Masters 2012: Your expert betting guide

Don't have a flutter before reading our insider analysis, courtesy of

When compiling a shortlist of players capable of winning, or placing (ie finishing inside the top five) at the Masters, there are some proven rules worth adhering to.

1 Avoid Augusta debutants

In the last 11 years only six players have managed to place on their debut, with none of these ending up as the winner. For me this year that means avoiding 40/1 Keegan Bradley & 50/1 Webb Simpson, both under-priced given this notable disadvantage.

2 Look for the blasters

Another rule is length from the tee, which is becoming more prevalent as the years go by and Augusta gets longer and longer. The last four winners here, and seven of the last eight, were all averaging around the 300-yard mark from the tee at the time of winning.

Reflecting on the Swingform rankings (see table below) that would give an edge to Rory McIlroy, Tiger Woods, Bo Van Pelt and Bubba Watson, while reducing the chances of players like Luke Donald, Graeme McDowell and Jim Furyk.

3 Who does well on this type of course?

It’s always worthwhile reflecting on some recent results from venues that share one or more of Augusta’s more extreme attributes. Courses with severely undulating greens and/or those that require pin-point accuracy on approach usually expose players whose games are shaping up nicely for a serious bid at the Masters. Key courses with such attributes that have been used so far this year are Waialae, Torrey Pines, Pebble Beach and Innisbrook Resort.

Look at recent results from venues that share some of Augusta’s attributes
About Swingform: is a database and website that publishes handicaps for professional golfers on weekly basis; much in the same way amateurs have handicaps. The data has proved particularly useful among people who like to bet on golf as well as those who like to play fantasy golf.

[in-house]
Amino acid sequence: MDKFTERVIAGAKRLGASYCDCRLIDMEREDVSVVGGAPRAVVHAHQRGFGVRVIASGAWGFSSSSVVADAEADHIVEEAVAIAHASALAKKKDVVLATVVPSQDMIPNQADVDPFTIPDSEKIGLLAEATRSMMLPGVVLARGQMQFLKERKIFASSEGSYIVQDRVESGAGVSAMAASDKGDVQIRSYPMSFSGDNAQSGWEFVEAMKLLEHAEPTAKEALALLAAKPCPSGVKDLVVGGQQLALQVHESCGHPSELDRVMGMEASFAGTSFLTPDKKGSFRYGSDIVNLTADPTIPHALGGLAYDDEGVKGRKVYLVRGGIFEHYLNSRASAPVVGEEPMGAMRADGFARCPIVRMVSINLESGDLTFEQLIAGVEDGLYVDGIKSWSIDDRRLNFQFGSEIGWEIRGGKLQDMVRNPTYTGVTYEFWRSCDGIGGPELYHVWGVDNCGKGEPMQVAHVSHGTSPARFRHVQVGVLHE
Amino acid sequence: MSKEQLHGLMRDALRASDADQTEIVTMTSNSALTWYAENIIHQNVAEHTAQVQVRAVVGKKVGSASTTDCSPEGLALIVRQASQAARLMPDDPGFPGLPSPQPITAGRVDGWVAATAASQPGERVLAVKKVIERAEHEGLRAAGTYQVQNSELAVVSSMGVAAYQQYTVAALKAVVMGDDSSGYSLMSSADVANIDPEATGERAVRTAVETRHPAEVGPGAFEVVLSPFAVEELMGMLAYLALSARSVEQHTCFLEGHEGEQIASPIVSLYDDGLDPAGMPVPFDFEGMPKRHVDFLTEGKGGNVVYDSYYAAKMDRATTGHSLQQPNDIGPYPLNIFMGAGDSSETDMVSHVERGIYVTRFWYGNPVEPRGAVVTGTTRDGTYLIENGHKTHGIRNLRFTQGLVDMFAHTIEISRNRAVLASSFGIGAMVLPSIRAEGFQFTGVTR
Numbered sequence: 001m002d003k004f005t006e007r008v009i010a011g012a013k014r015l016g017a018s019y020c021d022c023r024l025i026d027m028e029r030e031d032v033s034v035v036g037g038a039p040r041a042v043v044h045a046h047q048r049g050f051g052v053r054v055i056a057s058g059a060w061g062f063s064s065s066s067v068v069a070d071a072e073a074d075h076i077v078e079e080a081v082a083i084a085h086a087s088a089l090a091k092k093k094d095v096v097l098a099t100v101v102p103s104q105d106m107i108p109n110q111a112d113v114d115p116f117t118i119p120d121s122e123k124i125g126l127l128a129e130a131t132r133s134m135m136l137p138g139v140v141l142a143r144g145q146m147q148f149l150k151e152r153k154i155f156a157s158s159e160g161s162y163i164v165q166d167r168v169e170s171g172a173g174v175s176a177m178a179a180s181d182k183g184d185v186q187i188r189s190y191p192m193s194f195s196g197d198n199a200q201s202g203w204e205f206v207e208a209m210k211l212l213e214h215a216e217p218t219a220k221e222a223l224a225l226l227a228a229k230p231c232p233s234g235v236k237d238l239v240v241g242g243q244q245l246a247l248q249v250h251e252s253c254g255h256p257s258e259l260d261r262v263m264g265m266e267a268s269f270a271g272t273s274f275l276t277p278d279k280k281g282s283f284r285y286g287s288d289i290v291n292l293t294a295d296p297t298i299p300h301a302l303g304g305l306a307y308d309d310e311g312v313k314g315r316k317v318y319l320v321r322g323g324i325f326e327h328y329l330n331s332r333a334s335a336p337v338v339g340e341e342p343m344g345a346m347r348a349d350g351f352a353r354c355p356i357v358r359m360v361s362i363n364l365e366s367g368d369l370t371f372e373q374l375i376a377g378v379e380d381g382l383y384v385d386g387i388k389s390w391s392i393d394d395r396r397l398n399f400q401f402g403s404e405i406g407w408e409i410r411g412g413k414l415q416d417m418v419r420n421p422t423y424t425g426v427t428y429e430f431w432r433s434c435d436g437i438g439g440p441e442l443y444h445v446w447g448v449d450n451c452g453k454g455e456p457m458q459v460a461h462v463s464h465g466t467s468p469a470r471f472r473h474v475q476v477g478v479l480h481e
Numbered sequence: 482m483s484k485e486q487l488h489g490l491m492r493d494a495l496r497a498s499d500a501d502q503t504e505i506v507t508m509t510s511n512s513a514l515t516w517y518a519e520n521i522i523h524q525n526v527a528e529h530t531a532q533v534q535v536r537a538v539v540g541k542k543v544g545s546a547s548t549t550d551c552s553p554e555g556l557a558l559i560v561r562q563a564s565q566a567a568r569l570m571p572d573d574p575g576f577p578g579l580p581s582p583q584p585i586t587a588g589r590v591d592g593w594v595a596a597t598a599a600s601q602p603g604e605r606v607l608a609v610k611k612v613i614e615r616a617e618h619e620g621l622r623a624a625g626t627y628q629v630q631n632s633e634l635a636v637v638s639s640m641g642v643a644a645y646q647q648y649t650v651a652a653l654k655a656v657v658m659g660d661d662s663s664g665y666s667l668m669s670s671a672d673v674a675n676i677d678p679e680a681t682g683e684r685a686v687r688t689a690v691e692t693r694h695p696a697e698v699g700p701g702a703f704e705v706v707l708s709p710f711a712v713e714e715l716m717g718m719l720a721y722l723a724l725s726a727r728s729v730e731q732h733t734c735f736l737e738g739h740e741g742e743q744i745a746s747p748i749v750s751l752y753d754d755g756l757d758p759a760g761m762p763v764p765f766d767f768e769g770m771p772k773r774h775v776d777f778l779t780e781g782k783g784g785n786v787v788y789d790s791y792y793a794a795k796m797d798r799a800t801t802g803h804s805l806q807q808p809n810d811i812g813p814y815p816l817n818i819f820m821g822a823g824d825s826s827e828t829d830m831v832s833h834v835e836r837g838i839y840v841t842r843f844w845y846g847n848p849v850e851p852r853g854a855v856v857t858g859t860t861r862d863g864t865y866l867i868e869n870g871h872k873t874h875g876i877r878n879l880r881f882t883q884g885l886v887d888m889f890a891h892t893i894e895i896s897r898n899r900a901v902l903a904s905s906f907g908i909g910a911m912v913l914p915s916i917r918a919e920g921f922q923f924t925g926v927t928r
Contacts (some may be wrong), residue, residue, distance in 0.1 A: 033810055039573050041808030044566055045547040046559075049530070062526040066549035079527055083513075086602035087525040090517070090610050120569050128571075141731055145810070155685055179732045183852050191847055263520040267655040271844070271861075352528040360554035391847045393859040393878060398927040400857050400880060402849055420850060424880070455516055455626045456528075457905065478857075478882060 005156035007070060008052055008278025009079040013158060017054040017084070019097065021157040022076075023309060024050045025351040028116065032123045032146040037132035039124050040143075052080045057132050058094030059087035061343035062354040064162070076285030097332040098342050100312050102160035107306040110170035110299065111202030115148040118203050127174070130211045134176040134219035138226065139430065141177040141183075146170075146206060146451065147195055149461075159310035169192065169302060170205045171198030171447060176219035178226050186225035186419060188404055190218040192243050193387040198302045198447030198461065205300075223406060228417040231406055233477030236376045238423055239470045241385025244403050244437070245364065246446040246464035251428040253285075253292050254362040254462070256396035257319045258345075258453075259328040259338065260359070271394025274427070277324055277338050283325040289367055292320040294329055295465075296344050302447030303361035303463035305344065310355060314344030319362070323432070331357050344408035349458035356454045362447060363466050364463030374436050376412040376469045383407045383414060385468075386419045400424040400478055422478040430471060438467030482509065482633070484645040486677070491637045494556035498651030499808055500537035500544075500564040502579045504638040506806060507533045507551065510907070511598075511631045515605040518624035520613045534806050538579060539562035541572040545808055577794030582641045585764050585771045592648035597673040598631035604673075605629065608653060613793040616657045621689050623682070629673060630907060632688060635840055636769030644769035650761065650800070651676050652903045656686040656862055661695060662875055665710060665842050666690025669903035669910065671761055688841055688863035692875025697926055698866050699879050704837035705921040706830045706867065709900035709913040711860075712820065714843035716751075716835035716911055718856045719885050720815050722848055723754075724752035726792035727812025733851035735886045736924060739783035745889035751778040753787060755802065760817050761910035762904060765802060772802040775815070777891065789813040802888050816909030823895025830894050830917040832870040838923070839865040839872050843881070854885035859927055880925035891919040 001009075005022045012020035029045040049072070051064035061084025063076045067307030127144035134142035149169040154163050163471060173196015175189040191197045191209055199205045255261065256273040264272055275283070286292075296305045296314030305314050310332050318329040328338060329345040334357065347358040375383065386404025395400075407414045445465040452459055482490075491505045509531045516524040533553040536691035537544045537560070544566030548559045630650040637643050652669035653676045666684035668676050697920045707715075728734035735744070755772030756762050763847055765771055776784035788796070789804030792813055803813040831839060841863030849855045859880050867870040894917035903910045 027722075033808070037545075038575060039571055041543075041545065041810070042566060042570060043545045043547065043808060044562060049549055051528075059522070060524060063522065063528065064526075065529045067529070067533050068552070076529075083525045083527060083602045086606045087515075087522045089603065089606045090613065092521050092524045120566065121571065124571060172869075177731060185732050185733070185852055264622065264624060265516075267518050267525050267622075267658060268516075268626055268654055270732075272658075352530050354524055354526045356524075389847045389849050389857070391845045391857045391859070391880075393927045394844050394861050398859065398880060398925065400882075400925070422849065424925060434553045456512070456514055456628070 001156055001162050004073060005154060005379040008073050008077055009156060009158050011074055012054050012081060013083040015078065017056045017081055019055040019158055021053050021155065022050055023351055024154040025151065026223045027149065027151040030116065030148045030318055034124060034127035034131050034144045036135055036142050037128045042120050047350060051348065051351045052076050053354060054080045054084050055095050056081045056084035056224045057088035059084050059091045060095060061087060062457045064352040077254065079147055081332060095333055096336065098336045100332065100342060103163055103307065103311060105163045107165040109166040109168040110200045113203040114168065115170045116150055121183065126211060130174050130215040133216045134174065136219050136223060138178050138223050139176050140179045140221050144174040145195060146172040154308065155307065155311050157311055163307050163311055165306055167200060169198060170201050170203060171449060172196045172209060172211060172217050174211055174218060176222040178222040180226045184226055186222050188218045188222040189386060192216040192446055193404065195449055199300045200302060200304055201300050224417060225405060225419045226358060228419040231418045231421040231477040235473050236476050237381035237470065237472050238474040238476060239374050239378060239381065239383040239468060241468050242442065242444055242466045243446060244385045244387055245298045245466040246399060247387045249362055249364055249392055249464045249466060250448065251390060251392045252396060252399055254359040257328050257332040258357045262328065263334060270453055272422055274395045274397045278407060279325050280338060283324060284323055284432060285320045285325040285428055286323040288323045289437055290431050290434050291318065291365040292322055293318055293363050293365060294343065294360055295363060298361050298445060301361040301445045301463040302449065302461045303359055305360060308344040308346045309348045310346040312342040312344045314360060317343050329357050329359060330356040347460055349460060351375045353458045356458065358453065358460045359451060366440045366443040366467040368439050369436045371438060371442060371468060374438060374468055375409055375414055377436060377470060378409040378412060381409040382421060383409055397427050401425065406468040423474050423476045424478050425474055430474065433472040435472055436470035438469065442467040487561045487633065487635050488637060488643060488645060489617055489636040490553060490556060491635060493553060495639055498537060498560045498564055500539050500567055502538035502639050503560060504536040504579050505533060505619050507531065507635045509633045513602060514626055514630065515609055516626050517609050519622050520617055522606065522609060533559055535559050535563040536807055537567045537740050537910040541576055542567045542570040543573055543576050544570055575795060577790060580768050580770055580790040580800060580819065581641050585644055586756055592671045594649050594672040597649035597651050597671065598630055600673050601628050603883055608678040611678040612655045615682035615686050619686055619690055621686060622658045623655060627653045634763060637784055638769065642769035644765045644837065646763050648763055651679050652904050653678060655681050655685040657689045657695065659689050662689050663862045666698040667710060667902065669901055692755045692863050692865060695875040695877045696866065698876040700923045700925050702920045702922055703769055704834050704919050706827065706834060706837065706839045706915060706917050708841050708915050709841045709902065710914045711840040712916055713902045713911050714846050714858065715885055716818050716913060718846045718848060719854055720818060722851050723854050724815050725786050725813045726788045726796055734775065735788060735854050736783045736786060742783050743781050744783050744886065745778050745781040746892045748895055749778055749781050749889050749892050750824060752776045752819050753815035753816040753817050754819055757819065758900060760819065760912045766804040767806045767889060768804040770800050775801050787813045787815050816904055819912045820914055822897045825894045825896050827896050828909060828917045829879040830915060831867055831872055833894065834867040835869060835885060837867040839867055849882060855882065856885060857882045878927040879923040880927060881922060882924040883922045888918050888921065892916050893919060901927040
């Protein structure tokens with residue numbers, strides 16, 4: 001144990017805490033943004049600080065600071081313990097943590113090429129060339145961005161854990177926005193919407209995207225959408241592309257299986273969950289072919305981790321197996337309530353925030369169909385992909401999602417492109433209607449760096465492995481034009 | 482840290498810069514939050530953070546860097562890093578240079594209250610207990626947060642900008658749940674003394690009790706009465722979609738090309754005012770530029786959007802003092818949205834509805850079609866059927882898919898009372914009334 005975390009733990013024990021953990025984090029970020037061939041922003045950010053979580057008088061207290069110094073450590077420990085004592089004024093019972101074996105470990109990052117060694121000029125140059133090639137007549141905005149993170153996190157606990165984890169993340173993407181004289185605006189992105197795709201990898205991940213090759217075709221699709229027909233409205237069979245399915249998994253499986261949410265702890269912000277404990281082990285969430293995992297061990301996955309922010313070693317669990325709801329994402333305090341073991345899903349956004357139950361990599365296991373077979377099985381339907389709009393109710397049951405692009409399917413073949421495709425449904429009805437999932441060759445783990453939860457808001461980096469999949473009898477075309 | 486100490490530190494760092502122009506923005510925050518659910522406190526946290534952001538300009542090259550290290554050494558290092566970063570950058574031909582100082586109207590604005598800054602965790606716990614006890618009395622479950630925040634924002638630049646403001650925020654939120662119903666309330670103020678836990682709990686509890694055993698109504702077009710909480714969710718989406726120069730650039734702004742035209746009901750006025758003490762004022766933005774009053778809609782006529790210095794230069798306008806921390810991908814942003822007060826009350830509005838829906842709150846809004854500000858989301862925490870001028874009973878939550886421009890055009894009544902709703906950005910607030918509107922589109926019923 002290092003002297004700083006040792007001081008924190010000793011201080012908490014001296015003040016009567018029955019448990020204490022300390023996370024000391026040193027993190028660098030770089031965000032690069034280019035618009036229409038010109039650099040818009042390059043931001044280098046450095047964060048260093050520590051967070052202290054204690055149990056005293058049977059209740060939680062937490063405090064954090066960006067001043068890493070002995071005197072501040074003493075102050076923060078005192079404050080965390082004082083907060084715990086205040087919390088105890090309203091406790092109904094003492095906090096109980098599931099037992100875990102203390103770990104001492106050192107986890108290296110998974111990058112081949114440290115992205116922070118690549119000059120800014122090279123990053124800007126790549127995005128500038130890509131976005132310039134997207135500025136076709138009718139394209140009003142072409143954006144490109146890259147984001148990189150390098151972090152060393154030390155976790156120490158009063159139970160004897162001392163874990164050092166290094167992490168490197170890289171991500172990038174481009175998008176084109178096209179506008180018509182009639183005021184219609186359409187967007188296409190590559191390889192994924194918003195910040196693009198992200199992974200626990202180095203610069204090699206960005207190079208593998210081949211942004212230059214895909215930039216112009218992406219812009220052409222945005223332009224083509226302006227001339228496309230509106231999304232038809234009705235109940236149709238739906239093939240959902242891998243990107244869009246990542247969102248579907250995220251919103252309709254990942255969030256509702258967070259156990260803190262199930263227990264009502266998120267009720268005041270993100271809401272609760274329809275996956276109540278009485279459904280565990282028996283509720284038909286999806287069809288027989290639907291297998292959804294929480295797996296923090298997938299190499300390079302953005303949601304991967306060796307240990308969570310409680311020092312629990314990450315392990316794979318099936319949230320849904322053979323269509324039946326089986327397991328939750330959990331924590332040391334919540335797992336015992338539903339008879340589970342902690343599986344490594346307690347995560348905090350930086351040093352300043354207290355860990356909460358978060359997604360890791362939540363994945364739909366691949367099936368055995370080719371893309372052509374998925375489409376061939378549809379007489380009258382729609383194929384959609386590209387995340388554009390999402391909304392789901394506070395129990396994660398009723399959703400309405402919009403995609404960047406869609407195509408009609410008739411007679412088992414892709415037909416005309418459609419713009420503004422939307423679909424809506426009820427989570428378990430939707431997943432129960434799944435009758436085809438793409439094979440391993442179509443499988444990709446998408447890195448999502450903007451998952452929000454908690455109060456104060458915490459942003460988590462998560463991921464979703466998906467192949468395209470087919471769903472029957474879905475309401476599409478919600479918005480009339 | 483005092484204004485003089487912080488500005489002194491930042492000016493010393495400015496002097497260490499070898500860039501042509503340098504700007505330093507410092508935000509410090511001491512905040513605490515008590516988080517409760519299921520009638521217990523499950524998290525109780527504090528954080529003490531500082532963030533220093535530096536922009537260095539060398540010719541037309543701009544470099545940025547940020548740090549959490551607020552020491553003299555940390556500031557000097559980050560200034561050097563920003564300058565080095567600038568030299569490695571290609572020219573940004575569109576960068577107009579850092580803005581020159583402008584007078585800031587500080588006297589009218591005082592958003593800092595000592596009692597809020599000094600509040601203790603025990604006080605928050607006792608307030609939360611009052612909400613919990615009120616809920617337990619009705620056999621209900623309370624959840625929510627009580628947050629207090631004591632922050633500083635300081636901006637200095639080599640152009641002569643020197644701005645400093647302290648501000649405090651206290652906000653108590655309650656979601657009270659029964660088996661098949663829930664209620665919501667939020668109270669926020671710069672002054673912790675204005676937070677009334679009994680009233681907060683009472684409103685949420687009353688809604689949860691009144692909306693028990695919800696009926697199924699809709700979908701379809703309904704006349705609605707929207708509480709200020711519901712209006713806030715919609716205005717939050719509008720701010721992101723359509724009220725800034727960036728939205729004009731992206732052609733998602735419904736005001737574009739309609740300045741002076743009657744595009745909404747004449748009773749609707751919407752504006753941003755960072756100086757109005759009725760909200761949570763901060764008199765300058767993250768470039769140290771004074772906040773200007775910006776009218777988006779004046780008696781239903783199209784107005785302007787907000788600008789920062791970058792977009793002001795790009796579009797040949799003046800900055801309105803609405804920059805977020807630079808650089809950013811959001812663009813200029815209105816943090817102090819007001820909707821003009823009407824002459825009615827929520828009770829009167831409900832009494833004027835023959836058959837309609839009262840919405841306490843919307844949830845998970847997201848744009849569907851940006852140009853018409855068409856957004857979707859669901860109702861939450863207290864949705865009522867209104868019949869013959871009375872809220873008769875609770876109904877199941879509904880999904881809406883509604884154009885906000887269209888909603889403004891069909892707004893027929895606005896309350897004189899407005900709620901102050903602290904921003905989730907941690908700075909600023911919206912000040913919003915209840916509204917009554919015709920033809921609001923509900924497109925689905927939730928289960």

To go along with a main handicap for each player, the data can also be manipulated to provide a host of other useful figures. A handicap based on a player’s last three or six starts is available, as is one from a particular venue, which is really helpful for such as Augusta where course experience is key.

Current Swingform top handicaps

  1. McIlroy -8.7
  2. Woods -8.1
  3. Rose -8.0
  4. Bradley -8.0
  5. Van Pelt -8.0
  6. Schwartzel -8.0
  7. Kuchar -7.9
  8. B Watson -7.9
  9. Westwood -7.8
  10. Donald -7.7
  11. Simpson -7.7
  12. Baddeley -7.6
  13. Mahan -7.6
  14. Garcia -7.6
  15. Dufner -7.6
  16. McDowell -7.5
  17. Scott -7.4
  18. Mickelson -7.4
  19. Senden -7.3
  20. Furyk -7.3’s four to watch

Bo Van Pelt

As the data stands, the current value appears to be with 100/1 shot Van Pelt who is proving to be just 0.7 shots per round worse off than market leader and Swingform’s top rank 5/1 Rory McIlroy.

Van Pelt clearly bombs the ball from the tee, has some Masters experience, including finishing 8th here last year, as well as a 9th recently at Innisbrook Resort, one of the form courses.

Bubba Watson

Playing what should be an easier course than every other player, with a clear 20-yard advantage from the tee over most the field is 50/1Watson.

He has come close in Major championships before, finishing 2nd in the 2010 US PGA Championship, along with a 5th in just his second US Open appearance.

Has started the season well, with his seven starts so far producing a worst of 18th and a best of 2nd in a highly competitive WGC Cadillac Championship.

Aaron Baddeley

The Australian looks overpriced at 125/1considering his start to the season, which includes a 4th at one of our form courses Pebble Beach. Ideally could be just a few yards longer from the tee but that’s not putting me off at the price. Finished 12th last time out, also in the WGC Cadillac Championship.

Jason Dufner

Also worth a punt is 100/1 Dufner who has had a solid start to the year with three top 10s so far. Made a decent effort of his Augusta debut last year finishing 30th, during which he’s sure to have learned much about the place. Certainly not shy of the big stage, proven in his last two US PGA Championships, where he chalked up a 2nd and 5th.

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